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Wall of Remembering

A hand-built, unmortared structure in Alabama commemorates a Native American woman’s quest to hear the river sing.

Written by Eugene Stockstill | Photographed by

The Natchez Trace will get you to the wall. The wall should make you want to find what is now known as the Tennessee River. The river runs through the magical land of The Shoals, which has lured thousands of visitors in search of its music and culture.

But long before we named any of these now well-known locales, there was a woman named Te-lah-nay.

Right off the Natchez Trace in northwest Alabama sits the Wachapi Commemorative Stone Wall, the largest unmortared wall in this country, built by hand to celebrate the life of Te-lah-nay, a Native American woman who loved the waters of what we call the Tennessee River. Wachapi is a native word that means “like the stars,” a description given to the structure for good reason.

“There are no words to describe the place,” said Trace Hendrix, son of Tom Hendrix, the man who built the wall, about the area that medicine men have blessed. “People don’t understand the euphoria they feel. I’ve had people tell me that they feel like they’ve been reborn after visiting.”

Te-lah-nay’s Yuchi tribe believed a woman lived in “The Singing River” who guided and protected travelers with her melodies. Event today, people say her singing can be heard.

“Yes, I’ve heard her,” Trace said. “It’s hard to describe. You feel it first, then you hear it. Her voice is not as loud since they built the dams.”

When the federal government forced Te-lah-nay, her sister, other Yuchi and other natives to relocate to the area now known as Oklahoma, far away from their homes, Te-lah-nay refused to stay. The Oklahoma rivers would not sing to her.

Native tradition insists that baby Te-lah-nay’s grandmother had tossed her umbilical cord into the river and thus made it her sister. And so, Te-lah-nay spent five years journeying back to her homeland in order to reunite with her sister, the river. When she completed the journey and returned, according to native tradition, she once again embodied the literal meaning of her name, “The Lady with the Dancing Eyes.”

Years later, in 1983, after her great-great grandson Tom retired from the Ford Motor Company in Sheffield, Alabama, he began to build a wall in honor of his great-great grandmother. A chance encounter with another member of the Yuchi tribe had convinced him to construct it. Assisted at times by son Trace, as well as material donations from others, Tom spent more than 30 years stacking 8 million pounds of limestone and sandstone.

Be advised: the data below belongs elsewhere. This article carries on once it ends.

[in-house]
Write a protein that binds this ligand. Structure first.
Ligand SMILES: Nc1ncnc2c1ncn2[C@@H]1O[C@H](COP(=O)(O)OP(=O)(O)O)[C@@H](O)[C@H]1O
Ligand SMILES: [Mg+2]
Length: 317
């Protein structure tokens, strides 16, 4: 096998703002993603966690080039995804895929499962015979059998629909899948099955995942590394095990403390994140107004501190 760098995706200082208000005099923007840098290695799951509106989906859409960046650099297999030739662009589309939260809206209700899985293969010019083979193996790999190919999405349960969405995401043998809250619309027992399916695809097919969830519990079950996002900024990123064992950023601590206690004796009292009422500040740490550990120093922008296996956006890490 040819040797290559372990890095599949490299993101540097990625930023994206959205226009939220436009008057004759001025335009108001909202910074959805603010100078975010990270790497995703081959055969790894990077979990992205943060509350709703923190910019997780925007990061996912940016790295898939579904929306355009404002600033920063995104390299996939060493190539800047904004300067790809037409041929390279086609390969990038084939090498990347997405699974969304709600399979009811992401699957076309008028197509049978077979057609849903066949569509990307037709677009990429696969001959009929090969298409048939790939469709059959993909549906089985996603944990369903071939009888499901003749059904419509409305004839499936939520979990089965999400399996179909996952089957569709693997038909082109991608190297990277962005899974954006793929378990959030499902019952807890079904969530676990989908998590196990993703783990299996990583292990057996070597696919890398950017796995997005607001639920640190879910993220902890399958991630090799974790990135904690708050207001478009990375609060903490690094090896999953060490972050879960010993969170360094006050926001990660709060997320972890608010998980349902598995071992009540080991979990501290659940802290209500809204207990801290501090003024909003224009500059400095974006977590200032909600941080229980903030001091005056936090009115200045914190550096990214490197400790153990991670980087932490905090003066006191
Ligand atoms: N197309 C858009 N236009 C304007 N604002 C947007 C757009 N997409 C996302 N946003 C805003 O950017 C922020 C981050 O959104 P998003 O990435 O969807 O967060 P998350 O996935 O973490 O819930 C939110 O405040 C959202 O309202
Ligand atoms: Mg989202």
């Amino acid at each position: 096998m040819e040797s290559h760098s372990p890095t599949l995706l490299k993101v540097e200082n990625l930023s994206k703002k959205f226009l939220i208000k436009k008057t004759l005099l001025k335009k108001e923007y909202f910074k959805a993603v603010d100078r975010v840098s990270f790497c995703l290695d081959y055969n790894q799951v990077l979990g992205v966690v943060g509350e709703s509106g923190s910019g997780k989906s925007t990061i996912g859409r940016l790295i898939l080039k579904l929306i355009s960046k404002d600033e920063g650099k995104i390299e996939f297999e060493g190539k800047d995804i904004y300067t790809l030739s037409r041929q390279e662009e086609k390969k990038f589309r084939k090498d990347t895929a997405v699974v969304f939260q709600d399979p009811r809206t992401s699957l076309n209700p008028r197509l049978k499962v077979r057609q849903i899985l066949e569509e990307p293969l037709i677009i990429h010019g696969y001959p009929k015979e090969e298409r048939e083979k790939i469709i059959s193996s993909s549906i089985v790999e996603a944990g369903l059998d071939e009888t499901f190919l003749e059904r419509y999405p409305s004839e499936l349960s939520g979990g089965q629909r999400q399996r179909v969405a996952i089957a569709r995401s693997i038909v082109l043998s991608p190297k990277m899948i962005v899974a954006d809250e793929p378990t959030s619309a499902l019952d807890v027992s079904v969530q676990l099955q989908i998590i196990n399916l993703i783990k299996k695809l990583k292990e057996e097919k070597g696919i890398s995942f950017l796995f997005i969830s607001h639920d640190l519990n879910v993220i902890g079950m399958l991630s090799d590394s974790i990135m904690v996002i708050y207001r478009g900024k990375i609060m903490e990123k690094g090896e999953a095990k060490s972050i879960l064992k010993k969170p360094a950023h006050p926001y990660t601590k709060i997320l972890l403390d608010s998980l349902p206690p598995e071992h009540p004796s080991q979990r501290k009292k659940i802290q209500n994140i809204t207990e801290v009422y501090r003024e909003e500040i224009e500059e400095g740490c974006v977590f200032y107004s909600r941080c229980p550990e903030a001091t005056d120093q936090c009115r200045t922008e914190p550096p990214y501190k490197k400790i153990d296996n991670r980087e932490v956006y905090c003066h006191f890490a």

“I love it when the master stonemasons come and ask me how many helpers I had,” Tom was famously quoted in a 2014 story in The New York Times. “I wore out three trucks, 22 wheelbarrows, 3,700 pairs of gloves, three dogs and one old man.”

Recorded in the Library of Congress but not an official stop on the Natchez Trace, Te-lah-nay’s Wall draws visitors from all over the world, some of whom have left their own stones to honor her memory. Pre-COVID, 100 to 300 visitors came every day. Before he died, Tom would greet visitors and share his wit and knowledge of native history with them. He also refused to publicize the wall, holding to the native conviction that those meant to find it would find it.

And the meandering, uneven two sides of the wall, which stretches just beyond one mile in length? Those represent Te-lah-nay’s jagged trip from home, as well as her adventures to get back there.

“When they come, some will ask, ‘Why does it bend, and why is it higher and wider in some places than in others?’” one native healer told Tom. “Tell them that it is like your great-great-grandmother’s journey, and their journey through life — it is never straight.”

More About the Native American Yuchi Tribe

· The word yuchi means “over yonder” or “over there sit/live.” Yuchi is sometimes spelled Euchee and Uchee.

· Descendants of the Yuchi live in present-day Oklahoma. Before the federal government’s forced relocation, Yuchi also lived in Tennessee, Georgia, South Carolina and Florida.

· The Yuchi language is an isolate language: Unrelated to any other languages. Very few people speak the Yuchi language today.

· The word wachapi (as in the Wachapi Commemorative Stone Wall) means “like the stars” and denotes a transcendent quality in something or someone.

· The Yuchi referred to the body of water now known as the Tennessee River as nunnuhsae, or “the Singing River.”

· The 2013 documentary “Muscle Shoals” also offers a quick, lovely glimpse into this world that Tom Hendrix described as “ishatay … a special place, a holy place … a place of music and people.”

· The Wachapi Commemorative Stone Wall is located at 13890 Lauderdale County 8, Florence, Alabama 35633 (about 90 miles from Tupelo). It is open daily from 8 a.m. until 4 p.m.

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